As mobile phones get more exotic and expensive the desire to expose them to risk reduces accordingly. Fancy using your iPhone while canoeing or white water rafting? Or your N96 while bouncing down a forest trail on a mountain bike? Thought not. Step forward the two-way radio. Robust, durable, easy to use with your gloves on, …
Why was this product reviewed?
Except for the bit about assigning names to devices, this radio looks EXACTLY THE SAME as every other PMR radio out there on the market. Same power output, channels, VOX, range, everything. In fact, this review could have covered ANY other PMR radio made by Motorola, and most other companies.
Nice review, but how about reviewing something novel next time?
it's cheaper to purchase a PAYG phone or a second hand one and swap the sim out instead of using a limited range, limited utility radio?
I use them on site when we're working as a team but would never use them in the great outdoors.
Reminds me of the Airplane cockpit scene.
Roger: 'We have clearance Clarence'
Clarence: 'Roger, Roger, what's our vector Victor?'
Several possible reasons-
1) el reg staffers wanted to go skiing and cycling, so asked to review these.
2) the author was supposed to hand in a tech review of the latest usb foot stool, but spent the weekend on a jolly, and rushed this out.
3) you can claim it back as an expense/ claim the tax if you review it.
4) it's nice to have SOMETHING by motorola to review!
All perfectly good excuses! keep up the good work.
Sorry, we don't have Rogering here.
We do have the occasional Woger though... From time to time. When the mood strikes.
The very reason you wouldn't use a phone is in the review... You can't use a phone with gloves on, you can't practically use a phone whilst cycling (legally or illegally), and phones are largely totally intolerant of the environment.
My friends and I have used two-ways for years whilst out cycling in groups both on and off road for this very reason. They are cheaper than phones, convenient and safer to operate with the single push button if you HAVE to talk whilst on the move. I also know regular walking groups use them.
Strewth the truth?
Truth is that quite a few people living in Keilder use these or something like as there is very, very poor signal coverage for mobile phones anyway.
I've used similar before and the range on them is quite surprising, ease of use is always a bonus..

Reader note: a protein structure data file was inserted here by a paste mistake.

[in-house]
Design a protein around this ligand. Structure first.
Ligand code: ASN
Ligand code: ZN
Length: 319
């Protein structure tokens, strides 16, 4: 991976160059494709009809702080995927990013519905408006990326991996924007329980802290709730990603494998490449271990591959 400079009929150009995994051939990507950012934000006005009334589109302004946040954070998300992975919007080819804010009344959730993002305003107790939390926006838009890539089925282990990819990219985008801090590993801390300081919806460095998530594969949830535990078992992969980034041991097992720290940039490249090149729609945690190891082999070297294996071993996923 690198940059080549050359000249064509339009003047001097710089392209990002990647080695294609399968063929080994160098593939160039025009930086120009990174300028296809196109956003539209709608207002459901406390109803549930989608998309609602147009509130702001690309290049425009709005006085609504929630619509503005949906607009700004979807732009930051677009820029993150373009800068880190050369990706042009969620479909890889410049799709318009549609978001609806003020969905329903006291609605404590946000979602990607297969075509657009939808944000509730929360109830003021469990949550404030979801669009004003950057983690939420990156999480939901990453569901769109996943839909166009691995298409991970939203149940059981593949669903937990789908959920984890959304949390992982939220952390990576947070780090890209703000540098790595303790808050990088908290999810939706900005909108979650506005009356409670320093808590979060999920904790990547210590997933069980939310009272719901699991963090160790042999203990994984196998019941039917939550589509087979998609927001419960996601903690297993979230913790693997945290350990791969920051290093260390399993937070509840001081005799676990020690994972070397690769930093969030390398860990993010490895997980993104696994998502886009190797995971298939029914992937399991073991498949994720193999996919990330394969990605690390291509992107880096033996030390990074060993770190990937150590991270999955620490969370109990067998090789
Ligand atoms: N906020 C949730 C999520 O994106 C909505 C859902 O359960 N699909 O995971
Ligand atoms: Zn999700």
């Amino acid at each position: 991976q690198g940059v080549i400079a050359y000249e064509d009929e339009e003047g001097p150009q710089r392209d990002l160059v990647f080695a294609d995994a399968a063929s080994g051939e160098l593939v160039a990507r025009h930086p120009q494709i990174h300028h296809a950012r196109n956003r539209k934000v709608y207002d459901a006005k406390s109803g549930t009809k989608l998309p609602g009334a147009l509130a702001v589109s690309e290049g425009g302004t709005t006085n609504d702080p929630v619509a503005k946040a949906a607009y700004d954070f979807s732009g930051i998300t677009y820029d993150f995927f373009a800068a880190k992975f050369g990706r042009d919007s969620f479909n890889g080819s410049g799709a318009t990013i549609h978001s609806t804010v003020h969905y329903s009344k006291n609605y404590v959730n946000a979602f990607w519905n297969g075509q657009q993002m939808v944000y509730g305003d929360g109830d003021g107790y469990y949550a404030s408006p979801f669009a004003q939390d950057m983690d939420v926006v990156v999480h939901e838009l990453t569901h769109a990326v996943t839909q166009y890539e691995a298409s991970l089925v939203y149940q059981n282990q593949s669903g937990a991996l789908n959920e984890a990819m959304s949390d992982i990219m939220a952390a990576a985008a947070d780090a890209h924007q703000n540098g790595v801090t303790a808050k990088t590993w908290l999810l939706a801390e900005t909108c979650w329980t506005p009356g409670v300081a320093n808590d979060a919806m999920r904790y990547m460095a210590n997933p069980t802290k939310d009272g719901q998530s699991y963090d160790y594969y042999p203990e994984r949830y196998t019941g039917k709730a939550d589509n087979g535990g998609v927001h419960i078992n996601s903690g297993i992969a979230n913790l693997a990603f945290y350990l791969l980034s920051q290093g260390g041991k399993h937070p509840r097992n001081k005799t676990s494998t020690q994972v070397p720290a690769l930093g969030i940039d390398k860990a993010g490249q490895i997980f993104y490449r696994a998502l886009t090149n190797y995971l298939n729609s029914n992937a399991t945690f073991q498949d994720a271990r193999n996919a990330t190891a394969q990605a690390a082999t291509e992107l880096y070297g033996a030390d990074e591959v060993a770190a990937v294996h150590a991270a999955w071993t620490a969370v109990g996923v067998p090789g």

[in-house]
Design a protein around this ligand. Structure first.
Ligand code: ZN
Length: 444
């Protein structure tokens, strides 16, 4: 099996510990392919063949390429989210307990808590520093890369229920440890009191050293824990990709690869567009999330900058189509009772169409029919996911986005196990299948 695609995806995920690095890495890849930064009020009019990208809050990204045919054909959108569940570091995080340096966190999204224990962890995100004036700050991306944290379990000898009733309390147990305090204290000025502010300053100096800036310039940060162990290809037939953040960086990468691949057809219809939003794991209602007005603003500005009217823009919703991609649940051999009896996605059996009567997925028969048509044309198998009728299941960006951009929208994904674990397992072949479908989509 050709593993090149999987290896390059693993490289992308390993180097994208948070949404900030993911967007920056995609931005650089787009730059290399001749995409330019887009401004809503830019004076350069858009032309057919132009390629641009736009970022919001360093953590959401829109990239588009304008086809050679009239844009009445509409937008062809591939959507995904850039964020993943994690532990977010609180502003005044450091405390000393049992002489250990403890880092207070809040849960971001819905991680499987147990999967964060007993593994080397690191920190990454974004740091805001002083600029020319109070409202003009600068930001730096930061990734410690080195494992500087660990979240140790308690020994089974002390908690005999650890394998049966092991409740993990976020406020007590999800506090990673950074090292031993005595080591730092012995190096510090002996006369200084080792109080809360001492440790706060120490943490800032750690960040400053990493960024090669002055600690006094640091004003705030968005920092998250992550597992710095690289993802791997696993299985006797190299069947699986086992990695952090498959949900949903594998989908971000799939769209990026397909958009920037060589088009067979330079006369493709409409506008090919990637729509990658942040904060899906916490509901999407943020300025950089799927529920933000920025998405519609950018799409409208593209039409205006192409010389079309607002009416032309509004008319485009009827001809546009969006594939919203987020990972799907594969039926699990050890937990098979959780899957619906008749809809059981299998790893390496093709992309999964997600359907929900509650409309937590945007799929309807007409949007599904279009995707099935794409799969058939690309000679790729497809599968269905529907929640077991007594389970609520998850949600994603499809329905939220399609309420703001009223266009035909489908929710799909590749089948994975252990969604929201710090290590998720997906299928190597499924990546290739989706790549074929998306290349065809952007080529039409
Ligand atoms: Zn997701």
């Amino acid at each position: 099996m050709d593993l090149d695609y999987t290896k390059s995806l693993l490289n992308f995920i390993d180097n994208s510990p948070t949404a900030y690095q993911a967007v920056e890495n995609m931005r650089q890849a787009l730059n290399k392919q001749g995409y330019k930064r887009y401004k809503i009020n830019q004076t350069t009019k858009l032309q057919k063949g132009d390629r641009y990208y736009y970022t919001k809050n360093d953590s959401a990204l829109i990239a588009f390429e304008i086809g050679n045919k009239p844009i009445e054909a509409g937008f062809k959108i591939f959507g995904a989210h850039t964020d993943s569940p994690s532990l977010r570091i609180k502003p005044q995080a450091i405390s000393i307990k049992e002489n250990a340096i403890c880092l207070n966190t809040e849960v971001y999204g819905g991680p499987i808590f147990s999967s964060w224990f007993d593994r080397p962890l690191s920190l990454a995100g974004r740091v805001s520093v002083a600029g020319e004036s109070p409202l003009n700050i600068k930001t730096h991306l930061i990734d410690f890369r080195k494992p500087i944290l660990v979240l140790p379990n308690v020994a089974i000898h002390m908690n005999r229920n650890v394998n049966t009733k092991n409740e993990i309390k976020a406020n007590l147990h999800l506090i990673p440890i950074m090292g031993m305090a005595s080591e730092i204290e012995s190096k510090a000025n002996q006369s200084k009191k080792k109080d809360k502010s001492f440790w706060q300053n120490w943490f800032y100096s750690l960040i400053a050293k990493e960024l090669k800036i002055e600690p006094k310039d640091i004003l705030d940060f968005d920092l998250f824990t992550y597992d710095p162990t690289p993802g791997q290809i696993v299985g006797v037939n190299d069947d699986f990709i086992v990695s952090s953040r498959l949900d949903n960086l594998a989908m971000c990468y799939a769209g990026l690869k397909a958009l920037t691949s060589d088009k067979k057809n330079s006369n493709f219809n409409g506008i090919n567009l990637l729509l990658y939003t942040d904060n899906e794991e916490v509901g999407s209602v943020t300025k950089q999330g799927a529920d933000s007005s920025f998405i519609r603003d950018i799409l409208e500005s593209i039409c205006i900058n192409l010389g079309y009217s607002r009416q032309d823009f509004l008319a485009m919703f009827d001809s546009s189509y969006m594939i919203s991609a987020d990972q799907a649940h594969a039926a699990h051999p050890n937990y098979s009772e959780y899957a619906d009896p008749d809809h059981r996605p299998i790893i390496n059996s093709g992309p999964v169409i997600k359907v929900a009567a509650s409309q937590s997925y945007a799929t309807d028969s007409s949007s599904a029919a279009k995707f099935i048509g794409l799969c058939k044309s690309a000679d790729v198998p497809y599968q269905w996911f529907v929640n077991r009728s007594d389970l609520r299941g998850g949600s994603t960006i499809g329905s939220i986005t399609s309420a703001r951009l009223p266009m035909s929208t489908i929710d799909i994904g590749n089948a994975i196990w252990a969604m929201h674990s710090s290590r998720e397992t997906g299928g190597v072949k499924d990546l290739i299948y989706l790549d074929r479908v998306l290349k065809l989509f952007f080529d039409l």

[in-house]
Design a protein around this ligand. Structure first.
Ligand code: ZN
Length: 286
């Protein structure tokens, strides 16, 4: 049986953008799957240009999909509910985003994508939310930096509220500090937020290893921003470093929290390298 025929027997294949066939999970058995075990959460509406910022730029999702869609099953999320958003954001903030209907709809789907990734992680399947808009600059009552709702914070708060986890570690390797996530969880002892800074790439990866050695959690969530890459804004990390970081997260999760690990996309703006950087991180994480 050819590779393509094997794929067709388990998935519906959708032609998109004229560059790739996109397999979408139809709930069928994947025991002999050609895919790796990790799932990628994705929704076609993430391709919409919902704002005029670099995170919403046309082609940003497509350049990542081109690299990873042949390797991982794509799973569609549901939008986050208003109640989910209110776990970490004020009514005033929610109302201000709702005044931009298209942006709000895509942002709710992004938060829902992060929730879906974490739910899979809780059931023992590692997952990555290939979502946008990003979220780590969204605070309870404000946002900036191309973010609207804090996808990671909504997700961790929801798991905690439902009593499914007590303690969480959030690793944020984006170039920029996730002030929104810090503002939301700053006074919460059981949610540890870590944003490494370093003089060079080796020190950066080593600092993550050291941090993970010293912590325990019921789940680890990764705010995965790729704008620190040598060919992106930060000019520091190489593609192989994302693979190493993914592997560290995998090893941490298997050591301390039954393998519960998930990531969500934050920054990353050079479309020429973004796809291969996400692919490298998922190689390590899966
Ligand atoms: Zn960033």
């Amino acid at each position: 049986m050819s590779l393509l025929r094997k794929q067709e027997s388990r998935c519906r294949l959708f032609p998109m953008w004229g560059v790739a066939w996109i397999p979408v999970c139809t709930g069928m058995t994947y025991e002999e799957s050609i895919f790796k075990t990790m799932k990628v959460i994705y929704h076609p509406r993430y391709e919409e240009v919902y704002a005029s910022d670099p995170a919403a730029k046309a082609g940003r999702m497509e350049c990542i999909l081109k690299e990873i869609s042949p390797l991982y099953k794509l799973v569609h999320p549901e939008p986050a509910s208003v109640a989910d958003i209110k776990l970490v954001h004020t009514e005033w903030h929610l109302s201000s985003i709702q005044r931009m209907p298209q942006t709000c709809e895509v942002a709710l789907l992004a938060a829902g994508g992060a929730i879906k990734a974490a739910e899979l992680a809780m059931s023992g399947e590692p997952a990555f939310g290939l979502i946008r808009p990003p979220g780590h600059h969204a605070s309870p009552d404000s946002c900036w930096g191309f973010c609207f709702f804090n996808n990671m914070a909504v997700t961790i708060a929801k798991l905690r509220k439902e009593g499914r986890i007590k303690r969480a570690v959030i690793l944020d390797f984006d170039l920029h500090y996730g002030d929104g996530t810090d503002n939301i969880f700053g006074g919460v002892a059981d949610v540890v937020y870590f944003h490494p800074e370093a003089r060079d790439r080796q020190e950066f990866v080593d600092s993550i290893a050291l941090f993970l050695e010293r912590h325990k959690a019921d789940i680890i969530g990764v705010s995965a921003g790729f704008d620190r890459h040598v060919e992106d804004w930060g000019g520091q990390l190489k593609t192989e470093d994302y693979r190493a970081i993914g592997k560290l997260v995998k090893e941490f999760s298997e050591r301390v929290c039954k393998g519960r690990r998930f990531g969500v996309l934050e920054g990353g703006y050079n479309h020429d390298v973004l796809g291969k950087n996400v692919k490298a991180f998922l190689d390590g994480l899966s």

I mean they don't run out of signal now do they perfect for many places and as the test proved pretty hardy bits of kit - I'd love to see an iPhone or Blackberry survive the same tests..
Anyone who uses pmr radios regularly, knows that they are not the same, at all.
Unfortunately the one that everyone seems to agree is the dogs b*llocks. is the motorola xtn, which they helpfully discontinued.
although, yeas, all of the £30 argos type one are exactly the same, nice toys but no real use to anyone.
Great... Another one!
Use them on the worksite -- no problem.
use them in the field -- fine.
...But am I the only one who ALWAYS ends up in the train car with the fuckwit that uses one of these so they don't drop out in the dead zones and spends the entire trip making everybody listen to BOTH sides of their utterly inane conversation AND the annoying *BEEP* every 2.5 seconds!??!
When's someone going to invent a portable EMP unit so I can fry these toys of Satan, that's what I want to know.
These are actually useful
I used to work on film sets, particularly when you are iether in a large indoor set or evenon large location shoots, you can´t beat these things, their long distance range is phenominal, we would often send out a PA to pick up some KFC in the nearest village about 5km away, and he would radio back confirming everyone´s order!! Great fun, and an awesome tool... So to answer the first posters question, yes, it is a piece of great kit and a worthwhile review if you actually are someone who gets off the couch and puts down the remote / laptop from time to time!
I was hoping for some sort of iDen based walkie, sort of like a Nextel phone's DirecTalk mode, without the rest of the phone features.
more flexible is the Alinco DJ-V466
with a simple snip (of the hidden blue wire!) it goes from 8 fixed channels to the expanded frequency range 420.000 to 473.990 MHz , and it goes from 500mW fixed (legal) RF output to selectable up-to five watts.
If you don't fancy snipping wires then 1) Turn the DJ-V466 off.
2) press at the same time the PTT and SET button whilst turning-on
The display should now show a small H (about 2 watts, PMR446 and LPD-mode), M (about 1 watt, PMR446 and LPD-mode) or L (about 0.5 watts, PMR446 and LPD-mode)
Alinco DJ-V466's are a few years old now, although still available in German "Funk" shops for around 140Euros